It was leaked that the DNC had favored Clinton, plotting attacks on Bernie, keeping him from the same resources, planning debate schedules in a way to minimize him. The leaks caused many, including Debbie Wasserman-Schultz, to step down. However, in a disdainful move, Hillary decided the best way to handle that was to make Wasserman-Schultz an honorary chair of her campaign, making her VP – who turns out to have been chosen a year prior – a very establishment figure who was for the TPP, fracking, the pipelines, and who pioneered the “informed consent” policies while governor of Virginia – a policy which is known in every state where it is implemented to spread disinformation to women about abortion. The DNC chair then went to Donna Brazile, who was later found to have leaked the debate questions to Clinton during the primary.
Some Sanders supporters sued the DNC to return their donations once the whole fiasco played out. The DNC’s lawyers took the novel approach of stating that they knew the primaries were rigged, so there was no fraud.
The Clinton campaign and the DNC had alienated the Bernie supporters excessively. The campaign not only stood for everything that the Bernie fans hated, but they essentially rubbed that in their faces. They also made the horrible misstep in assuming that Bernie supporters were simply mindless pawns trapped in a cult of personality – like Hillary’s supporters were. They leveraged Bernie to endorse Hillary only to be flabbergasted that Bernie’s endorsement was met with heckling and even an outburst of “Fuck you Bernie!” on the convention floor from his own delegates. That is a sign of an organic, grassroots movement. Bernie may have inspired them, but he did not control them.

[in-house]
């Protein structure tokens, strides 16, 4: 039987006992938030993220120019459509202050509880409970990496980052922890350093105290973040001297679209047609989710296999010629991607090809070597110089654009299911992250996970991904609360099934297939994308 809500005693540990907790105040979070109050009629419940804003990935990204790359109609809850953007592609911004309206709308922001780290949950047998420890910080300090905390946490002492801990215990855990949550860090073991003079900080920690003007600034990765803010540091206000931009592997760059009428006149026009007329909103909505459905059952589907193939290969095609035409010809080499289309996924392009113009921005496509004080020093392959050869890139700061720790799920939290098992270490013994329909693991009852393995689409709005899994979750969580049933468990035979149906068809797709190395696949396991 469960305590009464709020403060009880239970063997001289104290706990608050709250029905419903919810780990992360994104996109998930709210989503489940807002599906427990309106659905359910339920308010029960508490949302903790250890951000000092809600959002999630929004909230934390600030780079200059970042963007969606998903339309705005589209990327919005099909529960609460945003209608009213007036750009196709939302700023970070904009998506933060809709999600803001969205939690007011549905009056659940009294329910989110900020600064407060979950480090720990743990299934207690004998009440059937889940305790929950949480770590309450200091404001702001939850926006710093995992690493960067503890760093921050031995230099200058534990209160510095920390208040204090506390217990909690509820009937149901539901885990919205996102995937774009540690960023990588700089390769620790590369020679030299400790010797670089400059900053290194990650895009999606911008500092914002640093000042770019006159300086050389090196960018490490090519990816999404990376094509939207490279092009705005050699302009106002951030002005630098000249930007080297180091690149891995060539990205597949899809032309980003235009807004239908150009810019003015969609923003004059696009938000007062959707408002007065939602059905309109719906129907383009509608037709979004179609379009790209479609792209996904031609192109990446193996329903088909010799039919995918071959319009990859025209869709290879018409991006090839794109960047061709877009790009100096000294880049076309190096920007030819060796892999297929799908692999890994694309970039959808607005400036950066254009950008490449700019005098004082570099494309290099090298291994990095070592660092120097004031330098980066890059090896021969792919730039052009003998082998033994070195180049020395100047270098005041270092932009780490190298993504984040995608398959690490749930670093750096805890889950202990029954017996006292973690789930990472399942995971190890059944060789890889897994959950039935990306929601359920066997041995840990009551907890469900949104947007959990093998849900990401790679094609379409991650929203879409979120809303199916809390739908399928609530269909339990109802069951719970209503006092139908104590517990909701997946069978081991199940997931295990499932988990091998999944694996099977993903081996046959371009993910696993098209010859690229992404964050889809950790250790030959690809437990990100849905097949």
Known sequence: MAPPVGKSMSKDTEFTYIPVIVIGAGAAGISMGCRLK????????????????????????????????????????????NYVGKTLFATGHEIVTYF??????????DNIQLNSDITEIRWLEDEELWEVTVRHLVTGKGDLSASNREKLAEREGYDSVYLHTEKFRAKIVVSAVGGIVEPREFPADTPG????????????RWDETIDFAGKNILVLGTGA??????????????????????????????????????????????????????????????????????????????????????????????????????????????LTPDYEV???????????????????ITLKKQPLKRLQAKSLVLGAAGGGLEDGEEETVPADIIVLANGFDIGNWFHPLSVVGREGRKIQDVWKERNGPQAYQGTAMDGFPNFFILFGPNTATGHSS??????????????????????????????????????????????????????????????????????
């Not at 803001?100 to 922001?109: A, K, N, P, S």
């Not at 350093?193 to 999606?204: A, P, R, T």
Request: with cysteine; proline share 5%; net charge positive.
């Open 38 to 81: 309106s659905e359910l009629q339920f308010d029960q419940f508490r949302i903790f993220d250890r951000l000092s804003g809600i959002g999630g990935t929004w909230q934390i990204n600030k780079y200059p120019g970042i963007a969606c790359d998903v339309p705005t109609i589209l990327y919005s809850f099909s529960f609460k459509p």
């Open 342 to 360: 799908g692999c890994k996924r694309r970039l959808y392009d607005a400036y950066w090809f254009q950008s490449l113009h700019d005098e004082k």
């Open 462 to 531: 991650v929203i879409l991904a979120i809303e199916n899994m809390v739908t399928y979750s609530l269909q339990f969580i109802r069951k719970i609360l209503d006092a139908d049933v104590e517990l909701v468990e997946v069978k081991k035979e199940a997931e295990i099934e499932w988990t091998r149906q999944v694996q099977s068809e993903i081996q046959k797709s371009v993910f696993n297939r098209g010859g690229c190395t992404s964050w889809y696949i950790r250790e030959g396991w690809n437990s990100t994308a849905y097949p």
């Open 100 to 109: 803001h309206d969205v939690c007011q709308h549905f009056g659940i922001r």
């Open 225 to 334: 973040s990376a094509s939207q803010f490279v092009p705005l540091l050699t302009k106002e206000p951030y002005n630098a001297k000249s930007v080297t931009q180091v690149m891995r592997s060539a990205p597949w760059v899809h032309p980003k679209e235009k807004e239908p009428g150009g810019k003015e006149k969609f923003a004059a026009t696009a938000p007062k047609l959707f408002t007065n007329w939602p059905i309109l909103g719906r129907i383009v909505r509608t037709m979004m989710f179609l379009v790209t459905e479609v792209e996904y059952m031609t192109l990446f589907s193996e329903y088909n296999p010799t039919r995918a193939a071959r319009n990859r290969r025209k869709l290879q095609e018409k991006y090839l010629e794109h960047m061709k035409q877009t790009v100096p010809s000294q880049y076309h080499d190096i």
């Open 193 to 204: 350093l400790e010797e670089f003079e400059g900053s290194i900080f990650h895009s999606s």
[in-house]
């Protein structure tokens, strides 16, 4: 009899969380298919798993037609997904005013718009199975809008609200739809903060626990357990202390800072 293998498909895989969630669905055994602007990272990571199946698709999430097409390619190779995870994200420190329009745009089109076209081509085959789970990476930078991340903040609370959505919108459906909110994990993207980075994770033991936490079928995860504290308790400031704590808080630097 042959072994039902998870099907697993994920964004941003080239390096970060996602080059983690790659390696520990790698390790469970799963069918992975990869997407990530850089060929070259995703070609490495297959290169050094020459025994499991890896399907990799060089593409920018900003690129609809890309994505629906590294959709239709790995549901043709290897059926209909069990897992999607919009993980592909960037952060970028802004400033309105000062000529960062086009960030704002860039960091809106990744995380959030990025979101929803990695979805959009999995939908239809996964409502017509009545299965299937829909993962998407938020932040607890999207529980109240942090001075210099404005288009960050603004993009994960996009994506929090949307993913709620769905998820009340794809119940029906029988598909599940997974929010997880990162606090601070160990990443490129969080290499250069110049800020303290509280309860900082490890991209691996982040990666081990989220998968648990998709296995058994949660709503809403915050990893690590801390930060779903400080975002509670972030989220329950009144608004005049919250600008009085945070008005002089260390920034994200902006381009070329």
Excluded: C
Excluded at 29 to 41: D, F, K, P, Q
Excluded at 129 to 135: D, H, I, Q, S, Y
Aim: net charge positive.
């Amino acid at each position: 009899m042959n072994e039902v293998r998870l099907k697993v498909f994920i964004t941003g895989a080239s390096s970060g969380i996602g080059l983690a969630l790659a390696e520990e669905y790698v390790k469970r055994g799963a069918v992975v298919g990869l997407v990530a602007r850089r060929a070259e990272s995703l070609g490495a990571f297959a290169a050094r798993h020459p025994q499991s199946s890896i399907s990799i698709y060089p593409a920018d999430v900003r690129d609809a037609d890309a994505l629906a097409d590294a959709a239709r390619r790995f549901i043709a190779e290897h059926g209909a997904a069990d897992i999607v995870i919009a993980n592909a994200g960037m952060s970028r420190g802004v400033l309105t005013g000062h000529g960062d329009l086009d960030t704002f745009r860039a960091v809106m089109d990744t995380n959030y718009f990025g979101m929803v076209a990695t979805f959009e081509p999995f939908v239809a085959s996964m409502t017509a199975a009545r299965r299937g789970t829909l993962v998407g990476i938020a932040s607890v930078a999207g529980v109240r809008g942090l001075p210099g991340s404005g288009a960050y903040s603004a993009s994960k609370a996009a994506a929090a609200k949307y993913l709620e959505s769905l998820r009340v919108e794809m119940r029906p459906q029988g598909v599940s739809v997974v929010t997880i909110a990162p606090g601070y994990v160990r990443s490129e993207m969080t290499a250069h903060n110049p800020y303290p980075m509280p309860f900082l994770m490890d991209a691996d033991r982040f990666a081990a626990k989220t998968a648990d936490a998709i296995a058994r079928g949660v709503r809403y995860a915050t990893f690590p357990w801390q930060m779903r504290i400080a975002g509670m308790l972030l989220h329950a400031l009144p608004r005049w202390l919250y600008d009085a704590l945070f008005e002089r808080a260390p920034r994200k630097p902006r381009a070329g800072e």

Clinton did not inspire people, she represented what they hated. What was her response to this reality? Well, Bill Clinton had apparently asked Trump to run in the Spring of 2015. An e-mail was leaked from April 23, 2015, in which a PDF attachment calls for certain candidates, including Trump, to be promoted as serious candidates. Trump publicly declared his intention to run on June 16, almost two months later. In November 2015, the Hillary camp considered picking a fight with Trump in order to “cement his front-runner status.” She did just that on December 15 on her campaign website, prior to the first votes being cast in Iowa.
Basically, Hillary Clinton threw the entire nation into a national game of chicken in order to get elected, and America didn’t flinch. From being such a horrible candidate to alienating a huge swath of the electorate to using her media ties to catapult Trump into the spotlight, Hillary is to blame for Donald Trump’s presidency. This is her biggest scandal yet.
This article is the first in a three-part series about the aftermath of the 2016 election and organizing past the election.